For other related logos and images, see:
The Olympics Rings were designed in 1913 by Baron Pierre de Coubertin. The symbol itself depicts five interlocking rings, each in five colours: blue, yellow, black, green, and red. The rings themselves represent each of the planet's five inhabited continents. Along with the white background, the Olympic Flag contained at least one colour of every national flag at the time.
“The six colours (including the flag's white background) combined in this way reproduce the colours of every country without exception. This, truly, is an international emblem.”
—Pierre de Coubertin, in Olympique (August 1913)
The use of the symbol during the Games was delayed by World War I, but the Rings would first be used during the 1920 Games in Antwerp. Being implemented prior to the advent of modern corporate branding standards, early use of the symbol varied somewhat. The rings would vary in relative thickness, tightness and height of each alternating row. In 1957, the International Olympic Committee approved of a standardized variant of the Rings which varies slightly form de Coubertin's original creation.
In 1986, the IOC decided to add white spacing between the rings to allow the symbol to be reproduced as accurately as possible using the available print technology of the time. Print variants of the symbol didn't need the spaces as they were printed in one colour.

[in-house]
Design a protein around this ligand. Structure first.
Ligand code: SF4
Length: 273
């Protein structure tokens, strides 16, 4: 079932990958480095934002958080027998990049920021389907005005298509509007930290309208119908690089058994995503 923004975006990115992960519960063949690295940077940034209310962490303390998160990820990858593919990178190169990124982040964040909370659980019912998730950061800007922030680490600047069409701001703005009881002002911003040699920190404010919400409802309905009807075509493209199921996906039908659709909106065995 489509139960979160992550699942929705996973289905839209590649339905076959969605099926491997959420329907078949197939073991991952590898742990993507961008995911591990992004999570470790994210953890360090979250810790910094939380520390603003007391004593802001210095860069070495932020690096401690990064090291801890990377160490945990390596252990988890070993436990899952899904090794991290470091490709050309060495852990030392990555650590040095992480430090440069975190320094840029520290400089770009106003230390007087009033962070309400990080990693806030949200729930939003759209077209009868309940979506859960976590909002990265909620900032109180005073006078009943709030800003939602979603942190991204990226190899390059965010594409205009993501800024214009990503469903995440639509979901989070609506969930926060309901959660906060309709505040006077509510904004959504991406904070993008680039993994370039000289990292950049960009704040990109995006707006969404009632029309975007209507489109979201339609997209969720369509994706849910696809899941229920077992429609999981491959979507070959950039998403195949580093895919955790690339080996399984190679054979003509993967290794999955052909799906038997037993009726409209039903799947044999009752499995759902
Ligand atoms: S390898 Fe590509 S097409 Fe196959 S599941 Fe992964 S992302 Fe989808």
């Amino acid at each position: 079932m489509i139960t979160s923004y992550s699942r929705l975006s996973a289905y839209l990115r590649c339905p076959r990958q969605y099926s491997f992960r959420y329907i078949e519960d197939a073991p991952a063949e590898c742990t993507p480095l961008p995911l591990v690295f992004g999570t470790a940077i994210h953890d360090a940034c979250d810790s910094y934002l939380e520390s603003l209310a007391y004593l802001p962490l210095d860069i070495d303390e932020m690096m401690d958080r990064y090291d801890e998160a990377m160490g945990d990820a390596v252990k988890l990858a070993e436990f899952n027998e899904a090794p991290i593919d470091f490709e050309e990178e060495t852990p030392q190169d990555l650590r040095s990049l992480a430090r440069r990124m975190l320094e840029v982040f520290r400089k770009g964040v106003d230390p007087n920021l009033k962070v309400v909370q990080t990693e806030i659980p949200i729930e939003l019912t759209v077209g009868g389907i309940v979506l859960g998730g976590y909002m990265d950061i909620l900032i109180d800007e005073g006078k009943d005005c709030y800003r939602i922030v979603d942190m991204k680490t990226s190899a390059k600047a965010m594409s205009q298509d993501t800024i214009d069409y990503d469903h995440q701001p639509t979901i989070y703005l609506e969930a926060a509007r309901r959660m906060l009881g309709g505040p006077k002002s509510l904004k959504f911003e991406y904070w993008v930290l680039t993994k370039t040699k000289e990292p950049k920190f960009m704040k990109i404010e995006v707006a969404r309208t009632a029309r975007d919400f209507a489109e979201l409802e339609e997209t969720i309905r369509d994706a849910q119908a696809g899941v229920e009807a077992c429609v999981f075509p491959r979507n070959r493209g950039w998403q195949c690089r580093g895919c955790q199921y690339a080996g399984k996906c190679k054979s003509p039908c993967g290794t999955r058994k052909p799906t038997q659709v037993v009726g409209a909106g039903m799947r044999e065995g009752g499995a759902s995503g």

In 2010, the IOC approved of a revised version of the Olympic Rings that removed the white spacing between the rings.
Every Olympic Games has a unique emblem created for it. Continually since the 1932 Games in Los Angeles, the emblem has included the Olympic Rings. The emblem is usually presented 4-5 years in advance of the event.
Usually years in advance of an Olympic Games, a host city is decided through a process were cities around the world are invited to bid for hosting rights. At first, applicant cities introduce a bid logo of their own make. These logos cannot include the Olympic Rings. Once a bid is shortlisted as a candidate city, the bid logo will be redesigned and will be allowed to include the Rings. The rules for these logos are strict and need to be approved by the IOC. If a bid is successful, the bid logo remains in use as an interim emblem until and official emblem is created.